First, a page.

Passionate, energetic, tough.
Exhausted, worn-out, bruised.
Cancer changes even the best of men, and in recent weeks, it started to affect Indianapolis Colts head coach Chuck Pagano.
His symptoms prompted his wife, Tina, to ask him to see a doctor.
On Monday, Colts owner Jim Irsay announced that Pagano was suffering from acute promyelocytic leukemia and would spend the next several weeks in "a protective environment" in an Indianapolis hospital.
His cancer is considered highly treatable, but survival rates and statistics are poor comfort in comparison to the severity of the fight in which he now finds himself.
Cancer batters the will and devours the body, but like football, it does not build or destroy character. It reveals it.
The qualities that led Pagano to land his dream job after a lifetime of coaching are the same qualities on which he'll rely to carry him through this latest challenge. He dedicated himself to being a leader, a servant, a champion of family, a teacher. That is the spirit he brings to this fight.
While this is a private battle for Pagano and his family, it extends beyond his wife, daughters and grandchildren. Pagano preached family to his team as well, and it's little wonder, then, that players cried today. Irsay said:
I think both with the players and with the coaches, there was silence, there were some tears and heads that dropped down. With the coaches, Bruce [Arians] had known last night, Chuck called Bruce and he was aware, but the rest of the coaches weren’t and of course the players weren’t either.
So I think it’s shock, it’s a lot to hear... Again, their reactions were just try and absorb it, it’s too much to absorb in three or four minutes, it takes a little time to absorb it and emotionally deal with it, and then move forward...
Through it all, I know that Chuck is the type of person that it’ll make him stronger and he’ll also use it to help others someday as well. So it’s been a very tough, tough day.
It may seem crass to consider how Pagano's absence will affect the team, but anyone who has ever spoken to the coach knows that it would be crass not to think about it.
Pagano has poured his life into his players and coaches, and they have reciprocated with affection and effort.
He is an educator and a vision-setter for a franchise charting a new course, and his absence—be it for six weeks or six months—will be keenly felt.
While Bruce Arians (himself a cancer survivor) will take over in the interim, he knows his role is not to replace Pagano, but to steer his team through the turbulence until Pagano can take the helm again:
Chuck has laid a foundation here that is on rock-solid ground. The players know it. The coaches know it. We will continue his fight...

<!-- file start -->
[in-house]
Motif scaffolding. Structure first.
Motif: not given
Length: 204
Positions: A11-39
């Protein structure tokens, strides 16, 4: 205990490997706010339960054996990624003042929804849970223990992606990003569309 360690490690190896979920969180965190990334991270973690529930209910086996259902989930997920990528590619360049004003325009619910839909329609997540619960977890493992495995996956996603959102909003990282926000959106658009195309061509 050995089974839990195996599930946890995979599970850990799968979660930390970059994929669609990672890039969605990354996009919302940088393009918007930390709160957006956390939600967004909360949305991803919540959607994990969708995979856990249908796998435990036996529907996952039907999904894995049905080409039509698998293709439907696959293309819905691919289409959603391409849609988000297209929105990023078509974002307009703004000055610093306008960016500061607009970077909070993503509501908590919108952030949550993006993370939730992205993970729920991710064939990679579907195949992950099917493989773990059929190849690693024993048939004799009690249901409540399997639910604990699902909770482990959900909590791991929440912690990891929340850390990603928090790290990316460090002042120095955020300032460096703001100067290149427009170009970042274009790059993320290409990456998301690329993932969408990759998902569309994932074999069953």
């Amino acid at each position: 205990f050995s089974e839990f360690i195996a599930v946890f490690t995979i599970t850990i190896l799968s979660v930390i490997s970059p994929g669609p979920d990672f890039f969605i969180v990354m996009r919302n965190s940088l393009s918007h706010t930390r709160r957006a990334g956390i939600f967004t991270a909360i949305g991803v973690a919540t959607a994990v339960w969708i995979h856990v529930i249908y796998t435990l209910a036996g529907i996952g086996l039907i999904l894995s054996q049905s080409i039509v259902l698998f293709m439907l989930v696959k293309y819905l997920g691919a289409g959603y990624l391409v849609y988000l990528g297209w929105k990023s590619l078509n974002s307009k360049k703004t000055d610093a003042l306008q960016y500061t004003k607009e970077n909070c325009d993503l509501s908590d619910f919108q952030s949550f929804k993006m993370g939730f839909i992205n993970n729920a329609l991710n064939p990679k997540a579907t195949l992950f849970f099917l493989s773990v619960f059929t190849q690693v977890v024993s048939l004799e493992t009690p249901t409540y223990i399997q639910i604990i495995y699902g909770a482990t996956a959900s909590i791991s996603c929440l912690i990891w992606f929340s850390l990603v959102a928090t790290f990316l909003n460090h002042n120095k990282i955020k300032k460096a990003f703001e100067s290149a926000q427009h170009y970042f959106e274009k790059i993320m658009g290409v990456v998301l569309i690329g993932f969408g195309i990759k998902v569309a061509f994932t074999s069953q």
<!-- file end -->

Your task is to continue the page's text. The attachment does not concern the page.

As a cancer survivor myself, I know that these first few days are really hard on you but as he and I talked yesterday, it’s just a matter of time. I asked Mr. Irsay if we would leave the light on in his office permanently till he comes back and we are going to do that.
This football team will survive. We are going to practice today. We’ll get through today. Today is about Chuck and we’ll get ready for the Packers on Sunday.
We won’t miss a beat because he’s laid that foundation that we will all take and run with right now and make him proud...
We have to move on today, get through today and get ready for the Packers because I know that’s the way Chuck wants it.
The Colts will miss him. They will miss his expertise, especially on defense. They will feel the weight of playing for him, of playing without him. To say otherwise is to say that he brings nothing to the locker room, and no one believes that.
However, despite the short-term consequences of playing without Pagano, this can end up being a positive for the franchise.
The entire 2012 season for the Colts is about foundation-laying. Pagano has been trying to instill a mindset and a philosophy based on grit, toughness, sacrifice for the team and keeping everyone's eyes on the higher prize.
Now, Pagano has been given the opportunity to be a pure model of all those qualities. It's a horrible gift, an unfair burden, but one that may result in untold gains.
After a lifetime of fighting his way to the top and dreaming of his profession, it will take more than cancer to keep Pagano from making it back to the sidelines.
He's too energetic, too passionate, too tough.
Cancer can't change that. Not for long.
All quotes courtesy of the Indianapolis Colts and were acquired via team press release.
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